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Your Morning Cup of Inspiration

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We all seek acceptance. We all want to be loved for who we are – warts and all.  That is what we desire from each of our relationships.  What is ironic is that the very thing that we crave – acceptance – is the one thing that we find so hard to give to others.

I have two friends who are getting divorced for no other reason than that the wife cannot accept her husband. She cannot accept that he has different points of view or ways of doing things.  When he doesn’t agree with her, she argues with him relentlessly because she can’t accept his having a different opinion.  And her inability simply to accept him for who he is has destroyed their marriage.

I once met a lady from Australia who had a very strong 30-year marriage. I asked her what their marriage secret was.  She said, “Greg has never once tried to change me, and I never tried to change him.  If we hadn’t completely accepted one another, our marriage would not have lasted one year, much less 30.”

Acceptance doesn’t mean that we allow people to hurt or abuse us. We don’t need to accept or tolerate people being unkind to us.  Rather, I am referring to our desire to change people who are good to us, but whom we would like to “fix.”

We typically aren’t seeking to fix something that is objectively wrong with the other person. Rather, we just want to make them more like us.  For instance, years ago I had a friend who tried to fix me constantly.  His lament was that I wasn’t “adventurous” or “spontaneous” or even “fun.”

The problem was that his incessant attempts to change me were irritating. There was nothing wrong with me.  I just wasn’t like him.  And frankly, I didn’t want to be anything like him.  I was fine with him being different from me, and I accepted him fully.  I even appreciated what made him different from me.  Unfortunately, he couldn’t accept me as I was.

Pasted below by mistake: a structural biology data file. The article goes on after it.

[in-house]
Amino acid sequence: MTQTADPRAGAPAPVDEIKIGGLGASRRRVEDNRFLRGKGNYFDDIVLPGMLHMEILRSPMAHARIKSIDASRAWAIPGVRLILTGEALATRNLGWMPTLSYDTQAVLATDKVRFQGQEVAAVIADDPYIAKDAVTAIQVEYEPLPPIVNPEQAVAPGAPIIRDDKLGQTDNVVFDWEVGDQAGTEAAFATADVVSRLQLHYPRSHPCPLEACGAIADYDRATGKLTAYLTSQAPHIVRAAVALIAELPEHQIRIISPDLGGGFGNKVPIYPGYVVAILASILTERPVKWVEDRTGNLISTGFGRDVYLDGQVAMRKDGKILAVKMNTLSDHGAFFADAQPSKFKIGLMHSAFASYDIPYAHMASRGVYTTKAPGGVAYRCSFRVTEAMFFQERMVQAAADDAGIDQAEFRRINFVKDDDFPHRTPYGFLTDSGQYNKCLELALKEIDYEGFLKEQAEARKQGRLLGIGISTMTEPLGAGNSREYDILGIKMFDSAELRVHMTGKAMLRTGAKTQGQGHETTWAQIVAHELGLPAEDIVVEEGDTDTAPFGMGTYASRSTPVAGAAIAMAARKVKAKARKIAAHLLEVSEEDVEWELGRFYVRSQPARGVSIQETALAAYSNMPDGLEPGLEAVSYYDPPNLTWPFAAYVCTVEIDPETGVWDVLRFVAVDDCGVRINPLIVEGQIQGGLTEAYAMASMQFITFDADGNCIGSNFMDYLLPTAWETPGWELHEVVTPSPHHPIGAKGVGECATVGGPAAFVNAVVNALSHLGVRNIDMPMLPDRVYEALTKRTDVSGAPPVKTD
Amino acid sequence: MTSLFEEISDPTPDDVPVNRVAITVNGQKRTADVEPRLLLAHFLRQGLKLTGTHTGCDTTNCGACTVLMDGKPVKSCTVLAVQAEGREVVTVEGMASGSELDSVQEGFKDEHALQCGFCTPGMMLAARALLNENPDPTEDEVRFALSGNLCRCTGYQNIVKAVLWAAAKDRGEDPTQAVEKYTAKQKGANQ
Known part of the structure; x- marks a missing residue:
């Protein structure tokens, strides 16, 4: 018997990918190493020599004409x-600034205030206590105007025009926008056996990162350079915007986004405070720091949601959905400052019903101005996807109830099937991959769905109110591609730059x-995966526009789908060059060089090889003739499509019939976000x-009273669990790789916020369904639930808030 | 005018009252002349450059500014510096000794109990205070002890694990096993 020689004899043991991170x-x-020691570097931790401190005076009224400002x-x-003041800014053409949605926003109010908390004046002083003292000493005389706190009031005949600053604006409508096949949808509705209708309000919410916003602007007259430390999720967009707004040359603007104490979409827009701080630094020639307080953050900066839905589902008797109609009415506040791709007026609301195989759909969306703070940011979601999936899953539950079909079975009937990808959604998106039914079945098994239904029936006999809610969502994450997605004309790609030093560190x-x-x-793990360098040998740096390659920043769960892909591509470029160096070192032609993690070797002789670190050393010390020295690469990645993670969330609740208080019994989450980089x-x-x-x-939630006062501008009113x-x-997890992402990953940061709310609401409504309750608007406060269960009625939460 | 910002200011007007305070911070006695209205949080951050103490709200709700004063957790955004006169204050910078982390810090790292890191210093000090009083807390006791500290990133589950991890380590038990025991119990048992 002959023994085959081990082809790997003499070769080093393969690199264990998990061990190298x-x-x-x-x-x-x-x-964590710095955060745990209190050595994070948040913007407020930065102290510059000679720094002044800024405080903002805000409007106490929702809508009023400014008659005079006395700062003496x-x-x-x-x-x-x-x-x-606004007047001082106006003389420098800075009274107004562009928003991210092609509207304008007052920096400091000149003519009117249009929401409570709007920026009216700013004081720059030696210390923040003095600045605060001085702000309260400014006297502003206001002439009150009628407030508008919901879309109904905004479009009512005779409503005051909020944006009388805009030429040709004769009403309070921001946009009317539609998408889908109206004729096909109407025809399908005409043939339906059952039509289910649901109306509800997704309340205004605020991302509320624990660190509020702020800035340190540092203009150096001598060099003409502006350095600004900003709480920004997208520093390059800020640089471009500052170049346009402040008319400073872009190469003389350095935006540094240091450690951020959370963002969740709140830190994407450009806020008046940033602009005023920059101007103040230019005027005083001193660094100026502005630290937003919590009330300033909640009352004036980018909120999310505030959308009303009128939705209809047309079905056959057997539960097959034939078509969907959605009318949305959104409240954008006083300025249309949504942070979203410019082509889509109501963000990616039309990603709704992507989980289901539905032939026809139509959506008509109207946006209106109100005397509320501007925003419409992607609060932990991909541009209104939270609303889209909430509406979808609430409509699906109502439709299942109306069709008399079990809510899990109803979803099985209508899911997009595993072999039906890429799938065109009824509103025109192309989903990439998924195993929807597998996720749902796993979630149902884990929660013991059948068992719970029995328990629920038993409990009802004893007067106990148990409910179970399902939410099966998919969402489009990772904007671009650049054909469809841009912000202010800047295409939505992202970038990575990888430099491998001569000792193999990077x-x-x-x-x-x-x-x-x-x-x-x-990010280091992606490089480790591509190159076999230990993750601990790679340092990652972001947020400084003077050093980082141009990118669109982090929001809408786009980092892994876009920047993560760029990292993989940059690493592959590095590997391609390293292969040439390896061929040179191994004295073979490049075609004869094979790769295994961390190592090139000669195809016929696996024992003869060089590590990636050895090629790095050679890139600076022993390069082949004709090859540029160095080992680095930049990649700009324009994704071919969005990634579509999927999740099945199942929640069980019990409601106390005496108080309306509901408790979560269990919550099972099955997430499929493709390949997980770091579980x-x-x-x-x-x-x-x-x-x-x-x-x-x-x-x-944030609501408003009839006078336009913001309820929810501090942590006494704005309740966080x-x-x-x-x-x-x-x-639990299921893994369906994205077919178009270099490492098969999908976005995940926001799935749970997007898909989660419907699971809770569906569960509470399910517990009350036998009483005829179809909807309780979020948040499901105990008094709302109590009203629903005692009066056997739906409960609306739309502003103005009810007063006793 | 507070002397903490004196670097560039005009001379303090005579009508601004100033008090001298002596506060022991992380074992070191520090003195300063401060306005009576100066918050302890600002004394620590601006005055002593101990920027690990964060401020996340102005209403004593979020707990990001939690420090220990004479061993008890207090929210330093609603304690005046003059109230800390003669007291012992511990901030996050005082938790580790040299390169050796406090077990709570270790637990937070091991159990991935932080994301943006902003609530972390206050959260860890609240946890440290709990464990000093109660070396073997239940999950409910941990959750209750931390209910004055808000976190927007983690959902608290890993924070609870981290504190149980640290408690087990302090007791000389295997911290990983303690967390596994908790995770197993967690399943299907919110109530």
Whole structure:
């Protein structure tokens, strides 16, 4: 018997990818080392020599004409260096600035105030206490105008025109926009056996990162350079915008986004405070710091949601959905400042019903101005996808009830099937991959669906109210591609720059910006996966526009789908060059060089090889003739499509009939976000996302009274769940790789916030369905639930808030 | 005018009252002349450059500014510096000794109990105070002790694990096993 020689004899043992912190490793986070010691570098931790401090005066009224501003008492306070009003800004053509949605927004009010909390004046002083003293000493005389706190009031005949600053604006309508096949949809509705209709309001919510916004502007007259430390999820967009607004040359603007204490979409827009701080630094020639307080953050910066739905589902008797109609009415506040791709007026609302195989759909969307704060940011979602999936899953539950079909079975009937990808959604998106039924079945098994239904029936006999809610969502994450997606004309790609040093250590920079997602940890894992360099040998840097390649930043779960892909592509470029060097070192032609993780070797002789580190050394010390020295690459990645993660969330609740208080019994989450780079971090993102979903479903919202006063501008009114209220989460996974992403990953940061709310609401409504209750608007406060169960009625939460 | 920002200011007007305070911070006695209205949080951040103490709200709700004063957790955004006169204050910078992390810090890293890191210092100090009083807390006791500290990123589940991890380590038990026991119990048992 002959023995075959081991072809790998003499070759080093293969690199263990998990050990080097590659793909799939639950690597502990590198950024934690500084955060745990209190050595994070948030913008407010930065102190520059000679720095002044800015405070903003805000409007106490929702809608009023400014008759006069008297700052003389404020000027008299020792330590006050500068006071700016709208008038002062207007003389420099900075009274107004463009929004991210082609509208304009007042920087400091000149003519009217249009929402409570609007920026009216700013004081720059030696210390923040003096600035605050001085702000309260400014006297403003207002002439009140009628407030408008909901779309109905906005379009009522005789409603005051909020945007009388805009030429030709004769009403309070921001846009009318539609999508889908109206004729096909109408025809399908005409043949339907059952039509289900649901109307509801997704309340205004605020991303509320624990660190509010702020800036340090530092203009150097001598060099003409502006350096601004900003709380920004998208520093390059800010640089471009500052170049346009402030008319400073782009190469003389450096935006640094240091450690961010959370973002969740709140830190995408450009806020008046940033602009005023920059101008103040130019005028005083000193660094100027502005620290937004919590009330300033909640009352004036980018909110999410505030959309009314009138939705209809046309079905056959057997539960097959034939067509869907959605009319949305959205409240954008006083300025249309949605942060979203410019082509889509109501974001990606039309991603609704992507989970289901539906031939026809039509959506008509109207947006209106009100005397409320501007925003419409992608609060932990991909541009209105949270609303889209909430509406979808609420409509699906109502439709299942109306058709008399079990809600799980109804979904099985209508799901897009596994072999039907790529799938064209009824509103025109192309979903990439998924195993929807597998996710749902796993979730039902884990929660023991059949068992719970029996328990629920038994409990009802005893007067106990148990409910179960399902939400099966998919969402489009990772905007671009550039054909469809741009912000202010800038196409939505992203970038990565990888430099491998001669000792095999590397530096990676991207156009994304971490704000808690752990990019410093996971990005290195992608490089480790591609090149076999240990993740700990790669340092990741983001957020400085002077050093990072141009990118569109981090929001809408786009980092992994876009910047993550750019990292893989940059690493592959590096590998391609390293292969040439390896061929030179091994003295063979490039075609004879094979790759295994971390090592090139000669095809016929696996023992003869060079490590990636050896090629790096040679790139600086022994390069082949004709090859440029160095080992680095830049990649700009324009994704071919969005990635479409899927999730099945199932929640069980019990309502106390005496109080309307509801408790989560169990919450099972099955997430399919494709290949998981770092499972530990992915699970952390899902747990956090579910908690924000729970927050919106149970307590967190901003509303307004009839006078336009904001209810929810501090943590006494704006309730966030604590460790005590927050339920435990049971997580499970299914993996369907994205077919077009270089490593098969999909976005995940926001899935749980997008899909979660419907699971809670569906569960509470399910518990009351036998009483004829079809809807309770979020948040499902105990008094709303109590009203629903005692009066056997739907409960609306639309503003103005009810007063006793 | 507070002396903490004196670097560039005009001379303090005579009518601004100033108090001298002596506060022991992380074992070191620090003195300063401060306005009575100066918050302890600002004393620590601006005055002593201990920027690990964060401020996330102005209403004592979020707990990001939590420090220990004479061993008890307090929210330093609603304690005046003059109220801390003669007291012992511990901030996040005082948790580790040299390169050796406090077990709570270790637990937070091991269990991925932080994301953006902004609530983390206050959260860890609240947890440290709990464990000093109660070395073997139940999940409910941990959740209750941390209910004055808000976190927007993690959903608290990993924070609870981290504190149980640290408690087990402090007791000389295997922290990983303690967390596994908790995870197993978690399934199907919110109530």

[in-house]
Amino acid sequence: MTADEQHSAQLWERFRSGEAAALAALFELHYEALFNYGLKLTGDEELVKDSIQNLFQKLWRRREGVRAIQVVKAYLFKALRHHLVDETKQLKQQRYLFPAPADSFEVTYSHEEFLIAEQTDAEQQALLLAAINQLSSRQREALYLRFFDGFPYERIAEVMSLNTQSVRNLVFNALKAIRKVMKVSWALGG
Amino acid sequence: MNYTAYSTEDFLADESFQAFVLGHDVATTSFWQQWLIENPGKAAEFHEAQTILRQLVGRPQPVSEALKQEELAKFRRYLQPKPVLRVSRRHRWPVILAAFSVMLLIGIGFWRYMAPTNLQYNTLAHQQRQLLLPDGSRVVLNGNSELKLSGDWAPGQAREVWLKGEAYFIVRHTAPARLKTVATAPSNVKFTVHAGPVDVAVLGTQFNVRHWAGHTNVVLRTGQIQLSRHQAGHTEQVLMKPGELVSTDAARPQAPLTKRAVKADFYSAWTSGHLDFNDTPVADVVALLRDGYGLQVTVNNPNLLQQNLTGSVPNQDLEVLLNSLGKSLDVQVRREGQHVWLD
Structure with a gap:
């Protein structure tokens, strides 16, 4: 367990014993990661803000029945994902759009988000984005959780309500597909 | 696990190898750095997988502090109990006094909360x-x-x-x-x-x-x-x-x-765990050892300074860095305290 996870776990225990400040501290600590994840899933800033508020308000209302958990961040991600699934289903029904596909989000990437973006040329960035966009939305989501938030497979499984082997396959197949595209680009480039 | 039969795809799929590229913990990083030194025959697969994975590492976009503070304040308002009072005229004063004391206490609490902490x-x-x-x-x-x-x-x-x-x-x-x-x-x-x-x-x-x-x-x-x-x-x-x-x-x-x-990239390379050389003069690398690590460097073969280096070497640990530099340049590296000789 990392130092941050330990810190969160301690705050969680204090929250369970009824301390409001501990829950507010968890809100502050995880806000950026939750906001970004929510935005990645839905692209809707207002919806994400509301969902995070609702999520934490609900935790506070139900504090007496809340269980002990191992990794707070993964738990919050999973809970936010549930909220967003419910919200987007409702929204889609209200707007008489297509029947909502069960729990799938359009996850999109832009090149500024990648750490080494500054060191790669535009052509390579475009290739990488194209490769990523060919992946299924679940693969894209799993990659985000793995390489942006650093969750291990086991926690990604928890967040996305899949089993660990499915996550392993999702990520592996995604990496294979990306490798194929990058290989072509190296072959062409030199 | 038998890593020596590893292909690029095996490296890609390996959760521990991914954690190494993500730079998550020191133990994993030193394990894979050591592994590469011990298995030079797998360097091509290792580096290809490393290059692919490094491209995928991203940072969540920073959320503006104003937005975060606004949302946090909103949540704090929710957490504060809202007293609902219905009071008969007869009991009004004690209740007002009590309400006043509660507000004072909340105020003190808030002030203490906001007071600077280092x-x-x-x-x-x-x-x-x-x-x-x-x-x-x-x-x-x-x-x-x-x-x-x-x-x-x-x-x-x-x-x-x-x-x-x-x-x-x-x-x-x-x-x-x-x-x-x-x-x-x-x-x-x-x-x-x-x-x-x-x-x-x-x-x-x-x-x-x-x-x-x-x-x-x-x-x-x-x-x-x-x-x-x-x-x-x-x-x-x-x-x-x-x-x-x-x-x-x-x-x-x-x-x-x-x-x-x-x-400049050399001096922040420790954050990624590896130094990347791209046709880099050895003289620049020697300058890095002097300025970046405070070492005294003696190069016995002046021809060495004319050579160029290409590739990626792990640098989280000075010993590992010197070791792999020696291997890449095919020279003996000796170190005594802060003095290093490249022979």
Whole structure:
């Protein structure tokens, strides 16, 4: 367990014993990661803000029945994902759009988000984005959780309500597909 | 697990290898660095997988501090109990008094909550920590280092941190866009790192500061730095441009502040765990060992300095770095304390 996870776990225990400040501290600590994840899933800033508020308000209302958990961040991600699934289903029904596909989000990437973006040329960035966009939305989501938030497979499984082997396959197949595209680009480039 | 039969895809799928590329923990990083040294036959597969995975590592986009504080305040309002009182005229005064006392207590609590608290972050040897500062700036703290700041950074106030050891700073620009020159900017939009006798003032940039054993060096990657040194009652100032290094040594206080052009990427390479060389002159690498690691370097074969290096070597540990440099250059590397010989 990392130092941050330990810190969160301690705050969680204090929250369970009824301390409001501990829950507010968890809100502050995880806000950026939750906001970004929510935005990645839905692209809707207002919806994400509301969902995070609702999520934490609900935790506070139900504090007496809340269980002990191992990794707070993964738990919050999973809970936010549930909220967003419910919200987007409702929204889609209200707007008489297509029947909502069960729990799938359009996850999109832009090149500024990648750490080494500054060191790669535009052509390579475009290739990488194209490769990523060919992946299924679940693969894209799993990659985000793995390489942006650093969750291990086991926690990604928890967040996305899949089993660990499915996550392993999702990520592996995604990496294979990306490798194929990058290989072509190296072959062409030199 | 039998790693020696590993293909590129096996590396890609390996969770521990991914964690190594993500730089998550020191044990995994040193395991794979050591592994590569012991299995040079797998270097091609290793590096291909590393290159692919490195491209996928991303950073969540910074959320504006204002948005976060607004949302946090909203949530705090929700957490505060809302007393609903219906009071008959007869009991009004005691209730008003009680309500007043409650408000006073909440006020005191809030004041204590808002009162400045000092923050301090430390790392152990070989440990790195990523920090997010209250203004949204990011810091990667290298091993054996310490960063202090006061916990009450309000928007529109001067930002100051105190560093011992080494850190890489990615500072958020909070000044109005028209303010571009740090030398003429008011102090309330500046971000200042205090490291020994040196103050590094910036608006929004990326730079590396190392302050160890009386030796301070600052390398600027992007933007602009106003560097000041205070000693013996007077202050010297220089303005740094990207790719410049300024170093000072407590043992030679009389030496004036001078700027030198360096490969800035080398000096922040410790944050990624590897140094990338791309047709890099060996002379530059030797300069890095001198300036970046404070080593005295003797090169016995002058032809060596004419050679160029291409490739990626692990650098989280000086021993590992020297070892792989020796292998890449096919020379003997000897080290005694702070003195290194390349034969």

We tend to do this in our closest relationships. We see something in the other person that is different from us, and we get the bright idea that the other person needs to be more like us!  And then we make well-meaning suggestions as to how he or she could “improve.”

But our advice typically backfires. That person didn’t ask for our advice, nor do they likely want it.  And it is arrogant to think that our way of doing things or way of being is the right way.

So, part of acceptance is keeping our mouths shut. The best rule of thumb in relationships is to compliment as often as possible and to ignore what is imperfect.  The message we want to send to those we love is this: I accept you completely.  I have no desire to change anything about you.

Frankly, the people in your life don’t want your advice.  Most people who want help or life advice go to a professional, not their friends or family members. We want advice from someone who knows what they are talking about, and whose judgment won’t hurt our feelings.  For example, my doctor could tell me to lose weight for my health, and I would not be offended.  However, if my husband told me that I needed to lose weight, my feelings would be incredibly hurt.  I only am seeking acceptance from him.

Since I write a column that offers life advice, I have to be particularly careful to limit my advice giving to my column. Very often, I am bursting to dole out advice to some poor soul, but instead I keep my mouth shut and write a column about the topic instead.

The reality is that those nearest and dearest to me don’t want my advice. They want my acceptance.  They want me to love them for who they are – warts and all.  So, I work to convey my acceptance with compliments and encouraging words.  And I try to keep my criticisms and advice to myself.  I don’t always succeed, but I try.

If you want to improve your relationships, remember that what people crave from you is unconditional love and acceptance. If you can offer that to those closest to you, your relationships will improve beyond your wildest dreams.

(Photo Courtesy of Pexels)

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